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Two of the same knife?

Do any of you have two of the same knife type in your kitchen? E.g., a white steel gyuto and a stainless gyuto of the same size.

I'm wondering if anyone can see a justification for having two of the same type of knife. Or do you think / find that one of them wouldn't be / isn't used?

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  1. I have 2 santokus-1 is VG-10 1 is *2 blue I use them both about the same

    I have 2 "boning" knives 1 is VG-10 semi flexy 1 is a honesuki #2 blue use them both the same amount

    I have 2 gyutos 1 is #2 blue 240mm 1 is "HD super mystery" steel 240mm. I hardly use the blue #2 anymore.:(

    I'm not justifying having 2 of the same type of knife but that's how I roll... :-D
    But seriously..Different knife for a different task + I think it's fun to try different steels,profiles and makers.
    So many great knives..so little time and money......

    11 Replies
    1. re: petek

      ---
      I have 2 gyutos 1 is #2 blue 240mm 1 is "HD super mystery" steel 240mm. I hardly use the blue #2 anymore.:(
      ---
      Hmm, this is what I imagine happening for me, given gyutos are sort of general-purpose. Although you say you use both santokus, which I'd think are used for similar tasks, so maybe that's then like having 4 of the same knife and using 3 of them.

      1. re: eethan

        "that's then like having 4 of the same knife and using 3 of them."
        Kinda I guess..
        The 2 VG-10 SS knives(Kasumi) were the first Japanese steel that I purchased.They are hefty,robust knives that I don't mind abusing a bit at work and are easy to care for( totally non reactive)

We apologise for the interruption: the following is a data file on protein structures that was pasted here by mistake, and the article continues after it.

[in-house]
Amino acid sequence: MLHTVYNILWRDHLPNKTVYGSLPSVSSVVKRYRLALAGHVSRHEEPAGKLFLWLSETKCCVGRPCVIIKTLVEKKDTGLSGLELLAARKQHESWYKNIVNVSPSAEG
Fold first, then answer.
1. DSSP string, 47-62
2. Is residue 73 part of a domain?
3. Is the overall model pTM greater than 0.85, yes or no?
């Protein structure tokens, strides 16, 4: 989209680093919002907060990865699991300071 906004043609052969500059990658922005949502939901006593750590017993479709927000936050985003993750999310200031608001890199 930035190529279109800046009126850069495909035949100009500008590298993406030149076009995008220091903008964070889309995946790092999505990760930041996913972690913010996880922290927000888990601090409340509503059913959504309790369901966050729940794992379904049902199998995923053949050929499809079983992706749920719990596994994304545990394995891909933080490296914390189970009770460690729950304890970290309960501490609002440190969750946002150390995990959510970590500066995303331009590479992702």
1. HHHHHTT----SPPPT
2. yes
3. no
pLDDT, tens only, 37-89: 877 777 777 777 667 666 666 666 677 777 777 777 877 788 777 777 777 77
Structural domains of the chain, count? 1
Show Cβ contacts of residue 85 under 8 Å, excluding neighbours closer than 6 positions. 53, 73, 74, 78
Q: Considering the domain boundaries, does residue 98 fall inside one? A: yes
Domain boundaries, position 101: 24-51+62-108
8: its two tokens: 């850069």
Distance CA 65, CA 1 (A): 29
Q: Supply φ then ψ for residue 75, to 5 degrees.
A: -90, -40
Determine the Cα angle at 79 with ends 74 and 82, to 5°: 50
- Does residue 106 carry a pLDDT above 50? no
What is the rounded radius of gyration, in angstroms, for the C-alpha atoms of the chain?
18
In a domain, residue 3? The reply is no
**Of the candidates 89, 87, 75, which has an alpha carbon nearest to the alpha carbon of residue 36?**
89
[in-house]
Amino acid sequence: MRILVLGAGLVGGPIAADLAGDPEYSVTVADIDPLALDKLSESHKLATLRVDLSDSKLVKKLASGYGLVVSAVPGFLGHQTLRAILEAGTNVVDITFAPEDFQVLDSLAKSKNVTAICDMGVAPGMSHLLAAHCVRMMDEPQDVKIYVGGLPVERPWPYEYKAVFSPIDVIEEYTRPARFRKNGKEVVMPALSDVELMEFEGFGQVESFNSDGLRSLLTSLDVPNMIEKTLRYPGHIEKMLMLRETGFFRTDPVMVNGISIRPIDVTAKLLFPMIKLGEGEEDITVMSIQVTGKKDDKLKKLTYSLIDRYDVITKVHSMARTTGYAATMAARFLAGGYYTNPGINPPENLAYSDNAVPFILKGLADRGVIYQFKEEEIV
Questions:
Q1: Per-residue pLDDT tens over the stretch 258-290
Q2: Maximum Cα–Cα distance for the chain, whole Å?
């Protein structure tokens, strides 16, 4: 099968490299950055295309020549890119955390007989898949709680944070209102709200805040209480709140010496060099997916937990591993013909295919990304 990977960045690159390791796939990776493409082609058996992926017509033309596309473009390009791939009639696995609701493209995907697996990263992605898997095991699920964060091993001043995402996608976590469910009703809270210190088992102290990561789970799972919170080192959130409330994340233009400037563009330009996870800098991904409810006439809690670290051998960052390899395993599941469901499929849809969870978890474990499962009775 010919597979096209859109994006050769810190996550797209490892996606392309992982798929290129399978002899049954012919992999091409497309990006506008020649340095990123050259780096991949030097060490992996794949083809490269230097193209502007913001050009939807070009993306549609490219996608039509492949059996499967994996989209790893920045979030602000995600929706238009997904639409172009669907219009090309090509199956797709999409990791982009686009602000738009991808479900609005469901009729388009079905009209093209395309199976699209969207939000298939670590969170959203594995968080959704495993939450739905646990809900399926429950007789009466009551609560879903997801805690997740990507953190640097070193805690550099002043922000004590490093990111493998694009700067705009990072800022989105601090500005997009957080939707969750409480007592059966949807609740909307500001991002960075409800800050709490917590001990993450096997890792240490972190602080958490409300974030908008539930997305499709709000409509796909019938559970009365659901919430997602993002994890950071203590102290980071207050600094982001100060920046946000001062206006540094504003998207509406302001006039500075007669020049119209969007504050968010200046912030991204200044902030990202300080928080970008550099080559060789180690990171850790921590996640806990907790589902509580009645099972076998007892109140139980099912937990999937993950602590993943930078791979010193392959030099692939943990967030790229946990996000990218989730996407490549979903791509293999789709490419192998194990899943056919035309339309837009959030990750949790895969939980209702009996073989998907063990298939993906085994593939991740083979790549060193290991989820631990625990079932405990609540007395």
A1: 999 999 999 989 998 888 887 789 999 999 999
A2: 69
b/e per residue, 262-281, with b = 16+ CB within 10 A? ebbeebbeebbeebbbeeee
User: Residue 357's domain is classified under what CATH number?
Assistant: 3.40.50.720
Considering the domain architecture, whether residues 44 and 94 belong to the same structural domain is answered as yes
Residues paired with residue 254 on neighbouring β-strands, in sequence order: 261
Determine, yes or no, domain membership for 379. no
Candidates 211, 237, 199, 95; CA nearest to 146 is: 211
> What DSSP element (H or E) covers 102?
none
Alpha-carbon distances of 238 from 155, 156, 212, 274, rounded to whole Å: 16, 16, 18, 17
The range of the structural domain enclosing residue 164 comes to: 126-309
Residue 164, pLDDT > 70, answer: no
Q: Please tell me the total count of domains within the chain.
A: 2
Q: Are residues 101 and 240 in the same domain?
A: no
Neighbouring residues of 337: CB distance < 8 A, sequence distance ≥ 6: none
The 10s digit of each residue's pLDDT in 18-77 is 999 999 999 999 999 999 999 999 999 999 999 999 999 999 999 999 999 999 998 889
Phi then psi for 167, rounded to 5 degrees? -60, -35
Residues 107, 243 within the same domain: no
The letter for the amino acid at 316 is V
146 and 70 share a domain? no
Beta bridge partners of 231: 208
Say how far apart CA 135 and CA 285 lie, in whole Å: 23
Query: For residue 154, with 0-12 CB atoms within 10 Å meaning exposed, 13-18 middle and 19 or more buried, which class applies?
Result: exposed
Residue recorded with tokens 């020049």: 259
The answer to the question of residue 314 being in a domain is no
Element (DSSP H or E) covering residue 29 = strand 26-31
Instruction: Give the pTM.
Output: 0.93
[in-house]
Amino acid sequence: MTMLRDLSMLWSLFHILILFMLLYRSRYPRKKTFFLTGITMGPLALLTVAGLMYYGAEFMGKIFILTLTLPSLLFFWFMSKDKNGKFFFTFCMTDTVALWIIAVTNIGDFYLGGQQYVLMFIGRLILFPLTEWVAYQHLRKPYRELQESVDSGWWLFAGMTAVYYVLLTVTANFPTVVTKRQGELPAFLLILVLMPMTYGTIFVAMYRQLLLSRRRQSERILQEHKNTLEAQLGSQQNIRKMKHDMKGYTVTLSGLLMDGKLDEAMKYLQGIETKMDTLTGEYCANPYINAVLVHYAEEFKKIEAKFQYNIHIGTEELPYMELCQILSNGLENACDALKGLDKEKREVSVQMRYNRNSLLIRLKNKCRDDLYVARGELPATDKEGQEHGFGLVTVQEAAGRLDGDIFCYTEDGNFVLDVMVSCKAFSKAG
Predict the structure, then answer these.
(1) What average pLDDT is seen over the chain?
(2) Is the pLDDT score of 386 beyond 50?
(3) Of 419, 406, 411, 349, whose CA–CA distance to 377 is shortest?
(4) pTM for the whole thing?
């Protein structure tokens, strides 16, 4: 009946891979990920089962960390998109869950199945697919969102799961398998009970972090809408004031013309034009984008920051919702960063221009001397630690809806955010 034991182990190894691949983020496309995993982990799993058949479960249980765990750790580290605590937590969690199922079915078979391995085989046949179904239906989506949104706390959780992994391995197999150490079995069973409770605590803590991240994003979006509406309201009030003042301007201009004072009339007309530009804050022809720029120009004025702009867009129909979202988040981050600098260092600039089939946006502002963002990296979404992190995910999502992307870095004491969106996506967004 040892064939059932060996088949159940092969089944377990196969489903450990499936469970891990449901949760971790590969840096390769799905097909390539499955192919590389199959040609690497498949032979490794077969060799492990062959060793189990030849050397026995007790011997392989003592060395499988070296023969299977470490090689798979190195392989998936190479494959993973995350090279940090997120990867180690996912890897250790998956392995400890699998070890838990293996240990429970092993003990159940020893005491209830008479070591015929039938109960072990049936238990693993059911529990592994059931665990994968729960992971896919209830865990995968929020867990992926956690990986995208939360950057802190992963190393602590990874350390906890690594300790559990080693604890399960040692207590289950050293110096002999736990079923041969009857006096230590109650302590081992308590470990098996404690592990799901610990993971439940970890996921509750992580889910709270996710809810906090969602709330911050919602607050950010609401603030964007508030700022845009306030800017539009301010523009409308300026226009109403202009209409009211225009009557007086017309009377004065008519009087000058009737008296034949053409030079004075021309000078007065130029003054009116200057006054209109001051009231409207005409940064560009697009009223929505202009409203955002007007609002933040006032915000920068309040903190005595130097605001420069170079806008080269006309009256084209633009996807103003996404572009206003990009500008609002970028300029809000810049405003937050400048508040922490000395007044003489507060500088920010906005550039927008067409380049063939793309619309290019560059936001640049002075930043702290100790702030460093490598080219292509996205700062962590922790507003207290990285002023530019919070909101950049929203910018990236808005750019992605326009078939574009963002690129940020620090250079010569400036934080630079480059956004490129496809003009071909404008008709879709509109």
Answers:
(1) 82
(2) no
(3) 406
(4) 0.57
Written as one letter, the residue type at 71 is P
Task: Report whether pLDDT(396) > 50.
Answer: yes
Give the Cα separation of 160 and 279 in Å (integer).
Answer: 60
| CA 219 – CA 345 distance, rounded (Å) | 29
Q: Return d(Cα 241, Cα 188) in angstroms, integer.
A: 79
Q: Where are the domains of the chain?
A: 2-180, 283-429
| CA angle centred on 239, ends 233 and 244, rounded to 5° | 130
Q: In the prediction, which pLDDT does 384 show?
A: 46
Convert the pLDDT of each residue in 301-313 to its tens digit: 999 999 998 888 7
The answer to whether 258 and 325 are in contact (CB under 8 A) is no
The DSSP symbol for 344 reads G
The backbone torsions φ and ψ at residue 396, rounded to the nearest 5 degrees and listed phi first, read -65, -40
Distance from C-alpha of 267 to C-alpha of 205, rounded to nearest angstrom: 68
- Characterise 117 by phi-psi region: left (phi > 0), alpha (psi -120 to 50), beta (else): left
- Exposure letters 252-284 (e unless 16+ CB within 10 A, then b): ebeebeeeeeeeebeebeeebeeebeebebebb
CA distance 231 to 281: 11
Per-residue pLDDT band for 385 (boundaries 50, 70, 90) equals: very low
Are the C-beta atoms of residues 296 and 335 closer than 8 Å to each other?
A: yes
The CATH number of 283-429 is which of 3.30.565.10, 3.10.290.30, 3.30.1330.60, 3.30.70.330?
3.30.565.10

The # aogami #2 blue(Moritaka) are lighter,nimbler but much more reactive and harder to care for,especially at work.
        The HD mystery steel knife(Konosuke) is lighter and nimbler than the Moritakas very non reactive easy to sharpen and holds a great edge so it's perfect for work.

        Who knows what I'll buy next?? A western Deba a hankotsu a sujihiki or even another gyuto(Masamoto KS series)???

      2. re: petek

        "I have 2 gyutos 1 is #2 blue 240mm 1 is "HD super mystery" steel 240mm. I hardly use the blue #2 anymore.:("

        I know you use the HD steel at work. You don't use the blue steel gyuto (Moritaka) at home? What do you use at home?

        1. re: Chemicalkinetics

          "I know you use the HD steel at work. You don't use the blue steel gyuto (Moritaka) at home? What do you use at home?"

          I use the HD at home as well. I've officially retired the Moritaka,I think I over sharpened her in my pursuit of the "perfect/sharpest " edge...:(

          1. re: petek

            What is 'over sharpened'?? I did not know that was a hazard!

            1. re: eethan

              Moritakas are notorious for their over grind issues(I was in denial about this problem) so over time and too many sharpenings it's developed an uneven edge with a protruding heel.I might take her to one of my local knife purveyors/sharpeners to see what the can do for me.Not sure if it's worth the time or money...

              1. re: petek

                "Moritakas are notorious for their over grind issues(I was in denial about this problem) so over time and too many sharpenings it's developed an uneven edge with a protruding heel."

                Ah. So you were hiding the truth from us. :)